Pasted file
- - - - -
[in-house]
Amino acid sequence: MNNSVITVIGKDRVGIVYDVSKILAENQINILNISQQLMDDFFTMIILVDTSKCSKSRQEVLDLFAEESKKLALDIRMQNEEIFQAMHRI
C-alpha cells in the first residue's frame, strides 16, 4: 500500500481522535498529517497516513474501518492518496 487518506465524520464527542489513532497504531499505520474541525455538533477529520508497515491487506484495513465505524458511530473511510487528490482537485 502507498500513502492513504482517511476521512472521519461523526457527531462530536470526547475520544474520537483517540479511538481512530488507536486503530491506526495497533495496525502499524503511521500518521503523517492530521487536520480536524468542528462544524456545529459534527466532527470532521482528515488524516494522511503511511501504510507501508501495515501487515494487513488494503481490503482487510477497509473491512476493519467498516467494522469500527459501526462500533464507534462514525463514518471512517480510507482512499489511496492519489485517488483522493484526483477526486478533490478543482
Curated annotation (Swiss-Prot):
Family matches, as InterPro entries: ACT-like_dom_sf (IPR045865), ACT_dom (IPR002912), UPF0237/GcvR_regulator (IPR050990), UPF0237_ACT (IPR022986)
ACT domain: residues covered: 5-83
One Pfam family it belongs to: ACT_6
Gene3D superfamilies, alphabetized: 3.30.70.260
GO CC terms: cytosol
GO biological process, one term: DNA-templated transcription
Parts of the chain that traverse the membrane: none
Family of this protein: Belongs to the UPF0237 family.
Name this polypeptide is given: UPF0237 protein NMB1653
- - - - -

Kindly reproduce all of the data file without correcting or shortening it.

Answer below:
[in-house]
Amino acid sequence: MNNSVITVIGKDRVGIVYDVSKILAENQINILNISQQLMDDFFTMIILVDTSKCSKSRQEVLDLFAEESKKLALDIRMQNEEIFQAMHRI
C-alpha cells in the first residue's frame, strides 16, 4: 500500500481522535498529517497516513474501518492518496 487518506465524520464527542489513532497504531499505520474541525455538533477529520508497515491487506484495513465505524458511530473511510487528490482537485 502507498500513502492513504482517511476521512472521519461523526457527531462530536470526547475520544474520537483517540479511538481512530488507536486503530491506526495497533495496525502499524503511521500518521503523517492530521487536520480536524468542528462544524456545529459534527466532527470532521482528515488524516494522511503511511501504510507501508501495515501487515494487513488494503481490503482487510477497509473491512476493519467498516467494522469500527459501526462500533464507534462514525463514518471512517480510507482512499489511496492519489485517488483522493484526483477526486478533490478543482
Curated annotation (Swiss-Prot):
Family matches, as InterPro entries: ACT-like_dom_sf (IPR045865), ACT_dom (IPR002912), UPF0237/GcvR_regulator (IPR050990), UPF0237_ACT (IPR022986)
ACT domain: residues covered: 5-83
One Pfam family it belongs to: ACT_6
Gene3D superfamilies, alphabetized: 3.30.70.260
GO CC terms: cytosol
GO biological process, one term: DNA-templated transcription
Parts of the chain that traverse the membrane: none
Family of this protein: Belongs to the UPF0237 family.
Name this polypeptide is given: UPF0237 protein NMB1653